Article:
A new audit tool paired with research on the impact of aging can help long-term care communities to create “sense-sensitive” environments for elderly persons experiencing sensory impairment.

Sodexo, a facilities management company, and the University of Ottawa Life Research Institute, have released a comprehensive study of how the five senses impact quality of life for persons in long-term care communities.

The study, “How and Why the Five Senses Matter for Quality of Life: A Guide for Long-Term Care Communities,” reveals the importance of understanding sensory impairments when creating environments for seniors, whether at home or in a long-term care facility.

Research in the Journal of the American Geriatrics Society shows that despite the rapid growth of the world’s senior population, minimal awareness exists regarding the negative effects sensory impairments have on seniors living in long-term care communities. In fact, 94 percent of people will experience diminishment of at least one of their senses as they age.

The study presents strategies for creating sense-sensitive environments that will facilitate person-centered care for seniors. For example:

  • Seniors may have difficulty distinguishing between similar colors, so the use of high-contrast colors and effective lighting can help them distinguish items and areas.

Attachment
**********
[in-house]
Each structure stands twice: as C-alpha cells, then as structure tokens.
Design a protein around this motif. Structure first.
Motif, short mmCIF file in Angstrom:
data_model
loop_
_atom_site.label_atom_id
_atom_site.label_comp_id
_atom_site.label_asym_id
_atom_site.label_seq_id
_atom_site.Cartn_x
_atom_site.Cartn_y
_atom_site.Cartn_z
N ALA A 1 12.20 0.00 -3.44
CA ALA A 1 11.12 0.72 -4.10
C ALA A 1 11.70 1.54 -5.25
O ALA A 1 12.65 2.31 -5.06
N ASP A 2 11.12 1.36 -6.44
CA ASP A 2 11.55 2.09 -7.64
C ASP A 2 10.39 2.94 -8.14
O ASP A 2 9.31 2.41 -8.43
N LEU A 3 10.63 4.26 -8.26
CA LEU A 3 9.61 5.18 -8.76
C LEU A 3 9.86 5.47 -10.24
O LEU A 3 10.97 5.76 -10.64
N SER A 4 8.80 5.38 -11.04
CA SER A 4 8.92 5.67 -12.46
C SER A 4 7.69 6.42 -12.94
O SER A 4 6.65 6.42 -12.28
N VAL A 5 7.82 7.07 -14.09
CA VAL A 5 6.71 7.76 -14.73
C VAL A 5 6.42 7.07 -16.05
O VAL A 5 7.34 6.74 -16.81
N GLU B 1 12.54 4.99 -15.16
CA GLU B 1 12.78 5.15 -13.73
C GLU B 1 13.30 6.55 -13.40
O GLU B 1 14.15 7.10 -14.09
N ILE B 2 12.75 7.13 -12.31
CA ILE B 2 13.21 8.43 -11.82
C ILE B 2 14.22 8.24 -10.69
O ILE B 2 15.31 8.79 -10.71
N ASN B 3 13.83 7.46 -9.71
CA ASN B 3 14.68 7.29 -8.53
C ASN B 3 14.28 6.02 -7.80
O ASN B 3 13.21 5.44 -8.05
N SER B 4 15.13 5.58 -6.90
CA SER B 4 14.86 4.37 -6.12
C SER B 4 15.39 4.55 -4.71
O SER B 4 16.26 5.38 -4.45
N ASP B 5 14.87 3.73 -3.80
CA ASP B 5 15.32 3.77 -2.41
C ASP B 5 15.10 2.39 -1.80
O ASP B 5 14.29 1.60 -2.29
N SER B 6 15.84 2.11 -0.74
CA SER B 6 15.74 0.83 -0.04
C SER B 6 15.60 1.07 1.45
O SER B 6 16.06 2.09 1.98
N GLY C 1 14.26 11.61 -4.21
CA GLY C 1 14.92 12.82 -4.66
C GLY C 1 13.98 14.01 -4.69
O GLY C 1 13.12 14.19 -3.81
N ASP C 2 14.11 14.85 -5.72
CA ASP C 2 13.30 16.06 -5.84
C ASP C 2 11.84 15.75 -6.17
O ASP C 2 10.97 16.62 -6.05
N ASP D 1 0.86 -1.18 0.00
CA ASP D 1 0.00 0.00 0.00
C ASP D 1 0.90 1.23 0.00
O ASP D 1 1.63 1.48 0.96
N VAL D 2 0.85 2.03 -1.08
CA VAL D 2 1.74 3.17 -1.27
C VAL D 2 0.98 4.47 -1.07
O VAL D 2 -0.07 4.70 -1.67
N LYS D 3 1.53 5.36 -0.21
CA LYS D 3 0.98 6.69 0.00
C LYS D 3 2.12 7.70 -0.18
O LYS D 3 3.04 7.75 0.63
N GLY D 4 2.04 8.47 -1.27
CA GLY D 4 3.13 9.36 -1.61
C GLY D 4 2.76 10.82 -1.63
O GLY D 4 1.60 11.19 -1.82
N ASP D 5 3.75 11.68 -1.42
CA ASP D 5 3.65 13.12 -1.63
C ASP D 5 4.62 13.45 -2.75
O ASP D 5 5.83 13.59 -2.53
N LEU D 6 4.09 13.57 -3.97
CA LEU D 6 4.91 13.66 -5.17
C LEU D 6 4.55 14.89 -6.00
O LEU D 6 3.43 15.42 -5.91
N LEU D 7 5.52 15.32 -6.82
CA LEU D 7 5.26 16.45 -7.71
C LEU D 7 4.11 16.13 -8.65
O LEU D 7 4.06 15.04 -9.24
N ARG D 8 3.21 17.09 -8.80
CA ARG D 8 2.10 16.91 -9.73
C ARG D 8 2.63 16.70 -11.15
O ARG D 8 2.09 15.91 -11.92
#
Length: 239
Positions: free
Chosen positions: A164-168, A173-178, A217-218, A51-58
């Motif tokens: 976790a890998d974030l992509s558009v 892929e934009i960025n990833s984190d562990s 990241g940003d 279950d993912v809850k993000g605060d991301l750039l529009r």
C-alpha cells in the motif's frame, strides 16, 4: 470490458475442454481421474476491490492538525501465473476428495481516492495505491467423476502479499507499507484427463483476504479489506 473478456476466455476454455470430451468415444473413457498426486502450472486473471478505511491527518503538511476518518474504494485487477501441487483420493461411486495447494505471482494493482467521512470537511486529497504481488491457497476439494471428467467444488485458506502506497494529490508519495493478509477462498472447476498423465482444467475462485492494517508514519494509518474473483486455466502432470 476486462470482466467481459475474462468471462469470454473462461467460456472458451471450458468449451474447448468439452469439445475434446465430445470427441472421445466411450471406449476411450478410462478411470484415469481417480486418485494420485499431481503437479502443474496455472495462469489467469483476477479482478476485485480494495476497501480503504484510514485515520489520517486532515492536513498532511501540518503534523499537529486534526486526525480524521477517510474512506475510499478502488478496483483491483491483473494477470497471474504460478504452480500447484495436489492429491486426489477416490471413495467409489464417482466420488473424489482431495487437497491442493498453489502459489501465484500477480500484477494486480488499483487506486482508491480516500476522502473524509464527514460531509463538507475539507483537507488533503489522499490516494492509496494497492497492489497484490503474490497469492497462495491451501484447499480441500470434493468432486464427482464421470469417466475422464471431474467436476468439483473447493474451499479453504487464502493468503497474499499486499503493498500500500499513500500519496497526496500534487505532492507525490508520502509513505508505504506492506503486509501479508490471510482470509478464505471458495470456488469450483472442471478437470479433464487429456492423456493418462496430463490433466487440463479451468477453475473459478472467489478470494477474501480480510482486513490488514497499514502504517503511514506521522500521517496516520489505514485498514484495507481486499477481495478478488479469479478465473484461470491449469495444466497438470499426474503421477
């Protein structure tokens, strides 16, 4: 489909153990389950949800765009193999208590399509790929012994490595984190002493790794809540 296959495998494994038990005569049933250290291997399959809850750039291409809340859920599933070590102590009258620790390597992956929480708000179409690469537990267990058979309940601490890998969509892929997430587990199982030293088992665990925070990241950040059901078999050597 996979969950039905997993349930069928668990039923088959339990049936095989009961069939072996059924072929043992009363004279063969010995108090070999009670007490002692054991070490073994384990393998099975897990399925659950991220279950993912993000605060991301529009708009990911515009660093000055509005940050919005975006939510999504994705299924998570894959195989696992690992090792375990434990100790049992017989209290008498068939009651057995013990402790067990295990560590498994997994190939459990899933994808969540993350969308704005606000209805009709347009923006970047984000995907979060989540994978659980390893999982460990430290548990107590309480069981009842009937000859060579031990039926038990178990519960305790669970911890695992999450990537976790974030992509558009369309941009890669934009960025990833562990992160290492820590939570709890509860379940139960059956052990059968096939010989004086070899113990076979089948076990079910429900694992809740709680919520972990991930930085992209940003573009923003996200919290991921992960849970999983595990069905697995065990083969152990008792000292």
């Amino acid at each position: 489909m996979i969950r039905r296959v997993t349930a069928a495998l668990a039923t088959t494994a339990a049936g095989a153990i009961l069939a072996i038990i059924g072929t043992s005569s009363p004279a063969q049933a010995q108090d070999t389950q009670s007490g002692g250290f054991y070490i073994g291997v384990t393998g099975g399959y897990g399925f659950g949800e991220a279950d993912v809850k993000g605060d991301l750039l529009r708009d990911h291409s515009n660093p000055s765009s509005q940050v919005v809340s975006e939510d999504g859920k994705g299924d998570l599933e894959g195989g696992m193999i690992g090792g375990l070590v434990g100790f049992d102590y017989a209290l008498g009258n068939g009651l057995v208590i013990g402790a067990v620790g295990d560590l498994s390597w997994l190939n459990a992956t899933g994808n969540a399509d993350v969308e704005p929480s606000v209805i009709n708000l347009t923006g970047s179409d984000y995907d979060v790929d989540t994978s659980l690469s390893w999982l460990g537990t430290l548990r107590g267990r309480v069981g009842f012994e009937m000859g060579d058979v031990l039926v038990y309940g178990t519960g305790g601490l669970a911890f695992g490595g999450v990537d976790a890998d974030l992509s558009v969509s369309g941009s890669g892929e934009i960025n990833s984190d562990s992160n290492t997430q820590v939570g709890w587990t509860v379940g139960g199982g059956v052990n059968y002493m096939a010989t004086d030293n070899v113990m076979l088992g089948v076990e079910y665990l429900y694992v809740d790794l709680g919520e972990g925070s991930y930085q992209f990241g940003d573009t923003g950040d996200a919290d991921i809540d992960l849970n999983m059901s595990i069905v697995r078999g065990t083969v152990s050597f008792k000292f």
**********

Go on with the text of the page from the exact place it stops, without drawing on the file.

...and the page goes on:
• Eliminate and minimize as much noise as possible through the use of sound-absorbing materials such as floor coverings and ceiling panels, establishing quiet areas and proper maintenance of HVAC systems.
  • Consistency in the arrangement of furniture and other items and avoiding clutter can reduce the risk of falls and make it easier to locate things.

“Good care must begin with empathy,” says Marc Plumart, CEO of health care and seniors worldwide, Sodexo, Gaithersburg, Md.

“This study helps senior-care managers put themselves in the shoes of their residents to understand how they experience the world, which is different for those with diminished senses. By understanding their needs, they can design services and environments to improve quality of life,” Plumart says.

In addition to the guide, the research team developed an audit tool to help long-term care communities assess and improve their level of sense-sensitivity. The tool is a way to gauge quality of life through resident perceptions, physical environment, and existing policies and procedures. The audit includes a series of questions focusing on residents and family members, as well as clinical, technical and administrative staff.

“Health care today is complex, but many answers lie in taking care of people’s needs—and how these are affected by their diminishing senses,” said Hélène Perrault, professor and dean of faculty of health sciences, University of Ottawa, Ontario.

“This guide and audit tool will give users benchmarks and a strategy to track the impact of sensory loss on quality of life,” Perrault says.

“The guide and audit tool produced by our research collaboration demonstrate clearly the value of genuine engagement between Sodexo and leading researchers,” says Thomas Jelley, vice president of the Sodexo Institute for Quality of Life.